10 Words You're Probably Using Wrong -- and What to Say Instead
Is your new co-worker antisocial or asocial? Is your spouse jealous or envious? Not sure? Don’t worry -- most of us get confused by these similar words.
A recent article published in the journal Frontiers in Education identifies 50 psychology “term pairs” that people often get wrong. From empathy and sympathy to disease and illness, “These terms are so frequently confused in popular parlance that few people are aware that they differ,” the article’s authors explain.
While people use these psychology related terms frequently, most don’t know that they’re using them wrong -- even teachers. "In psychology, many terms are confused not only by new students but also by advanced students, psychology instructors and science journalists,” said Emory University psychology professor and co-author Scott Lilienfeld in a summary of the findings.
To help people speak properly, the co-authors reviewed previous research to construct a list of 50 word pairs that people shouldn’t use interchangeably, but often do.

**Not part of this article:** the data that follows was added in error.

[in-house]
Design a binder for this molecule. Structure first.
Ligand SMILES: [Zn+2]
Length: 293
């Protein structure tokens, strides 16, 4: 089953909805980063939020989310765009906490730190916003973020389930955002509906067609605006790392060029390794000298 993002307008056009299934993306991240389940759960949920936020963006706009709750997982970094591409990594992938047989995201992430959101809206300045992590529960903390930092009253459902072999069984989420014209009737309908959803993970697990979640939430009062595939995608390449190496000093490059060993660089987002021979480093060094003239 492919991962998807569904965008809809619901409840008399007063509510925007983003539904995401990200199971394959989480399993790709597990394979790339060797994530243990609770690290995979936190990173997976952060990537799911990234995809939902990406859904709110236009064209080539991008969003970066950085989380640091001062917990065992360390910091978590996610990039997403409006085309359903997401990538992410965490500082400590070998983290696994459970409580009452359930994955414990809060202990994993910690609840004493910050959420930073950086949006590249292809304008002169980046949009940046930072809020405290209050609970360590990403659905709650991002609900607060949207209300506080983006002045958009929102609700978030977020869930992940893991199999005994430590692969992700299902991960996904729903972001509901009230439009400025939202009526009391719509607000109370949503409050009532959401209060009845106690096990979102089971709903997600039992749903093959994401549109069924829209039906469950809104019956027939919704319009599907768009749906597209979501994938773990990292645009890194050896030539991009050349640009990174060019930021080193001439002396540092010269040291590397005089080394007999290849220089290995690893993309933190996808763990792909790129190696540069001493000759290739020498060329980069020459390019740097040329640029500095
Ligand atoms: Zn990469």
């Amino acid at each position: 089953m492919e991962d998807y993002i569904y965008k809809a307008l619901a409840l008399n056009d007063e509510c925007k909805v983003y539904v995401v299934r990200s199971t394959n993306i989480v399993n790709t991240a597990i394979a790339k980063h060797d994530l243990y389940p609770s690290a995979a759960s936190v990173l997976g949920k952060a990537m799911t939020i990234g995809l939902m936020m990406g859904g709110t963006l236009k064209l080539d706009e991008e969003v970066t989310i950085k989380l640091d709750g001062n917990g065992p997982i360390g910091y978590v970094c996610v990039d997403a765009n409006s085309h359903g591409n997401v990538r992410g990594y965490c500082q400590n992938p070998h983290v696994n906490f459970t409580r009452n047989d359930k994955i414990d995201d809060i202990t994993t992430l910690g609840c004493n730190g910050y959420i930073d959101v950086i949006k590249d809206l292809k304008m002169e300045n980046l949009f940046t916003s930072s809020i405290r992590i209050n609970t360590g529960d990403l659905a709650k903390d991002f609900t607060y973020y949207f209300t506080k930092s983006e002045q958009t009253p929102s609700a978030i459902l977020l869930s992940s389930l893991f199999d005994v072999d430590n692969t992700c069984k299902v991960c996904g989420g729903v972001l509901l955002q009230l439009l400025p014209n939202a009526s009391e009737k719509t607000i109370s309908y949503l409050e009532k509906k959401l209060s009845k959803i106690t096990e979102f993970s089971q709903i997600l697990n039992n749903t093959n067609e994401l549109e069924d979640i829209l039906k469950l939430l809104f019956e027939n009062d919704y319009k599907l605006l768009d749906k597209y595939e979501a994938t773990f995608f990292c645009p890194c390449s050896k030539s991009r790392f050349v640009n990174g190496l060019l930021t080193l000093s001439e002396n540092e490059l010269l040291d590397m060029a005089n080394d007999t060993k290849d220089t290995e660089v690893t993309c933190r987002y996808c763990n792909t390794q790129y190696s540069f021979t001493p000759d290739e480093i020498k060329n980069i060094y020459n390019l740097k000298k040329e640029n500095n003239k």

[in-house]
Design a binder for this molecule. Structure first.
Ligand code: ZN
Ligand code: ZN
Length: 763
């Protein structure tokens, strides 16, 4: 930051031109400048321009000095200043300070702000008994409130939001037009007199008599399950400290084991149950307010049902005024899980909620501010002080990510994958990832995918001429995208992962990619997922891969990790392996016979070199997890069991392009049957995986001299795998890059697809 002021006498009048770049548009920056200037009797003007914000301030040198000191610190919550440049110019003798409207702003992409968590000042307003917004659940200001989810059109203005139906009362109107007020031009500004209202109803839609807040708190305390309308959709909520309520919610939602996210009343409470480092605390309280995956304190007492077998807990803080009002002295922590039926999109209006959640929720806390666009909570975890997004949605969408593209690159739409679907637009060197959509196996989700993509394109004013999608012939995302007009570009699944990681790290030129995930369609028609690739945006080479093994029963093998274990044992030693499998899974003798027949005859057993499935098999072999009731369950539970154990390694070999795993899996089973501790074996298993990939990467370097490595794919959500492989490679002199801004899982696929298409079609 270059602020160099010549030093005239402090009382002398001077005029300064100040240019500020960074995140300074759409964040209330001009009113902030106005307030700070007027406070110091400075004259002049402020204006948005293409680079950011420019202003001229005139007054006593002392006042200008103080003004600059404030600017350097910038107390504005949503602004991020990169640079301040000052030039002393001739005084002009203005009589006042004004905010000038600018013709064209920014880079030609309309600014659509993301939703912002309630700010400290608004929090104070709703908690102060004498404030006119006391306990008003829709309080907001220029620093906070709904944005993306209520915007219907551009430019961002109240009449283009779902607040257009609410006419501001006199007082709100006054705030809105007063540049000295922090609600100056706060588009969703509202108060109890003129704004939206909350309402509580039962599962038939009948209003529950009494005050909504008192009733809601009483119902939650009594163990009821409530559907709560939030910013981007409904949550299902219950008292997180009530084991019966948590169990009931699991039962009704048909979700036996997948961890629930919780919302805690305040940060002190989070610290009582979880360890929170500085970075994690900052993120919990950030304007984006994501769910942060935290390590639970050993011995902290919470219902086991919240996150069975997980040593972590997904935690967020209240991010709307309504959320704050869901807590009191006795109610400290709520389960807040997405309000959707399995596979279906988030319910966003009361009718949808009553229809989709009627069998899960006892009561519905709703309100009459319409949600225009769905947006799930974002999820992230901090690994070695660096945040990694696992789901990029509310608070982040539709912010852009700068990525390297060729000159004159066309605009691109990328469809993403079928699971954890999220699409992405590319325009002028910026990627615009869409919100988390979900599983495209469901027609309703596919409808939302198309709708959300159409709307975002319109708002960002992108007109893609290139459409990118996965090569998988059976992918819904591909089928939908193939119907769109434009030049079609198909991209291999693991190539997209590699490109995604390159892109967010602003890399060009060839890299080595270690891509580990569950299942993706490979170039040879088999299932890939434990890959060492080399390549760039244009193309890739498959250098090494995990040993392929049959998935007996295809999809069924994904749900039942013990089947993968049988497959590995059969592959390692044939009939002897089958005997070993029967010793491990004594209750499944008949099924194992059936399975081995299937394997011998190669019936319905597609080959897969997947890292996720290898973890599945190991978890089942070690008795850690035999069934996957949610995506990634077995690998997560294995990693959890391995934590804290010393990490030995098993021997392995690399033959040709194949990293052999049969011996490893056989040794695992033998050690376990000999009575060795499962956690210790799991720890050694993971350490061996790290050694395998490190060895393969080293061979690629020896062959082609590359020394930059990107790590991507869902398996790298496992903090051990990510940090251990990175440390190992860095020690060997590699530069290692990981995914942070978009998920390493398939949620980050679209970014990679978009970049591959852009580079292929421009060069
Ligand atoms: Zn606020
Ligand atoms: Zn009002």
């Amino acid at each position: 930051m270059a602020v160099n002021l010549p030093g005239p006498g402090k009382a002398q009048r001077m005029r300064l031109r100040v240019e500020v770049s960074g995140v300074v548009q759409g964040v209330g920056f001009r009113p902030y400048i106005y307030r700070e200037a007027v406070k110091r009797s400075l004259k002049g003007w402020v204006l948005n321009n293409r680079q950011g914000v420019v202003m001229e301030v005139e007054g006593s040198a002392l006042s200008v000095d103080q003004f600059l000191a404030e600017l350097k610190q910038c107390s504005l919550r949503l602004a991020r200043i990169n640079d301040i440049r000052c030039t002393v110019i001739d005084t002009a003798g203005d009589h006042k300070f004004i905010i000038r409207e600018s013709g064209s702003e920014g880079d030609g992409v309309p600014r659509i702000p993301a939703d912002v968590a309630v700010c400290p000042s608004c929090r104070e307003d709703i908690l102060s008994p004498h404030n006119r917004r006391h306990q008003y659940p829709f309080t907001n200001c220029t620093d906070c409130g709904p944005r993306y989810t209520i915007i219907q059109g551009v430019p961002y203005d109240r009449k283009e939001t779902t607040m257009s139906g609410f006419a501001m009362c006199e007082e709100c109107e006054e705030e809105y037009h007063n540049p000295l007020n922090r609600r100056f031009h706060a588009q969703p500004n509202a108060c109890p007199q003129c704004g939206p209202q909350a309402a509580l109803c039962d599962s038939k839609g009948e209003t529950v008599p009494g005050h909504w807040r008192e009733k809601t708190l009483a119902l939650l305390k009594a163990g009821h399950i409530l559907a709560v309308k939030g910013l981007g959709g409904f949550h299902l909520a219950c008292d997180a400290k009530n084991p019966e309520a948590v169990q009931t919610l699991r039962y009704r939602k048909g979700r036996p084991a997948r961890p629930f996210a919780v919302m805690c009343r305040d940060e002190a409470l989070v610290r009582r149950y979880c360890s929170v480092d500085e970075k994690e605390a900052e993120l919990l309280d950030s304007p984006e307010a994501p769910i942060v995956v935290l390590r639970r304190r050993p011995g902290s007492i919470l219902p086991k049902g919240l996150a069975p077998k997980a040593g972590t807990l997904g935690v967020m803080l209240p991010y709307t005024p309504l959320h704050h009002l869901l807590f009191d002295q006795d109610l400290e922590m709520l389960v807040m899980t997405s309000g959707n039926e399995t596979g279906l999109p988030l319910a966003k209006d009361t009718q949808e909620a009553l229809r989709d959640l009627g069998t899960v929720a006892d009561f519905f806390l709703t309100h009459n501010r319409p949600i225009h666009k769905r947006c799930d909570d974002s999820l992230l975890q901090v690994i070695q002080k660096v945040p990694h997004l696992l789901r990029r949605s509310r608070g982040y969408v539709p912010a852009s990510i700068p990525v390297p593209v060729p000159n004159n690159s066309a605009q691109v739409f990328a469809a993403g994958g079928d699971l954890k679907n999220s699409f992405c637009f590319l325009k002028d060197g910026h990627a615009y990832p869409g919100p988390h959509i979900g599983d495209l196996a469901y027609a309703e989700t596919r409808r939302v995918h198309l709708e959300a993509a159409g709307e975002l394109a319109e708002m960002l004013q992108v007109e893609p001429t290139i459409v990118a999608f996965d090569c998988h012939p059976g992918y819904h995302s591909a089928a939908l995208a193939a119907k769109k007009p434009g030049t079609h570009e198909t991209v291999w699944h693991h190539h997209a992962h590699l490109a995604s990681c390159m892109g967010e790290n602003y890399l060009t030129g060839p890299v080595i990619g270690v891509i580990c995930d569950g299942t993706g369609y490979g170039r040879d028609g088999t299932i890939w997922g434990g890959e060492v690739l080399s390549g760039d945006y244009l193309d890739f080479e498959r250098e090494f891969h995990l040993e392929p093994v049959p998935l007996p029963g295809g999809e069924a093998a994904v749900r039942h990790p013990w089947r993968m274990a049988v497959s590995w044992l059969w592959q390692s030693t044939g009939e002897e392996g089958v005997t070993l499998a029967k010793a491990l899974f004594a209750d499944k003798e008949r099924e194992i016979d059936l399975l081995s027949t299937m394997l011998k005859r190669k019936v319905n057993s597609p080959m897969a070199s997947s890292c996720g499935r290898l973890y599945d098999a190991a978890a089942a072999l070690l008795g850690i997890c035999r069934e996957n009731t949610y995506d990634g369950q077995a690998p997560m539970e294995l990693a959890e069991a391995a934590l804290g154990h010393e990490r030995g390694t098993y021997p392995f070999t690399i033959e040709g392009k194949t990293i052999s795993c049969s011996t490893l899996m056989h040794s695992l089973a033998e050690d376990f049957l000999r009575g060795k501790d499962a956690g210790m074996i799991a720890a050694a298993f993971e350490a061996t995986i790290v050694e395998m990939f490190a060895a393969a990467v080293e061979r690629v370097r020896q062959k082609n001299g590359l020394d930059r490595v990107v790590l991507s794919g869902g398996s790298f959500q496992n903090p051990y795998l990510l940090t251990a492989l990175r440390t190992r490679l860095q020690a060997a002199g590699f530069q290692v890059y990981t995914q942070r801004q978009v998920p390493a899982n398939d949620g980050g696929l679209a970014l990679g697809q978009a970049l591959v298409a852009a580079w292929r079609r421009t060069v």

To save you from having to bite your tongue after using the wrong word, here are 10 word pairs and their definitions.
Envy vs. jealousy
Prejudice vs. discrimination
Antisocial vs. asocial
You often hear people say they don’t feel like doing something that involves social interaction because they’re “antisocial.” Turns out, that’s far from the correct use of the word. In fact, people who are antisocial are those who often perform reckless or irresponsible actions against other people. This means that another person’s presence is required for someone to be truly antisocial. The word “asocial,” on the other hand, describes a person who is shy or often withdraws from social situations.
Race vs. ethnicity
Sex vs. gender
Repression vs. suppression
Symptom vs. sign
Symptoms are subjective and signs are objective. In other words, patients report their own symptoms, but doctors detect signs of certain conditions. For example, fatigue is a symptom of depression, while slowed movement is a sign of depression.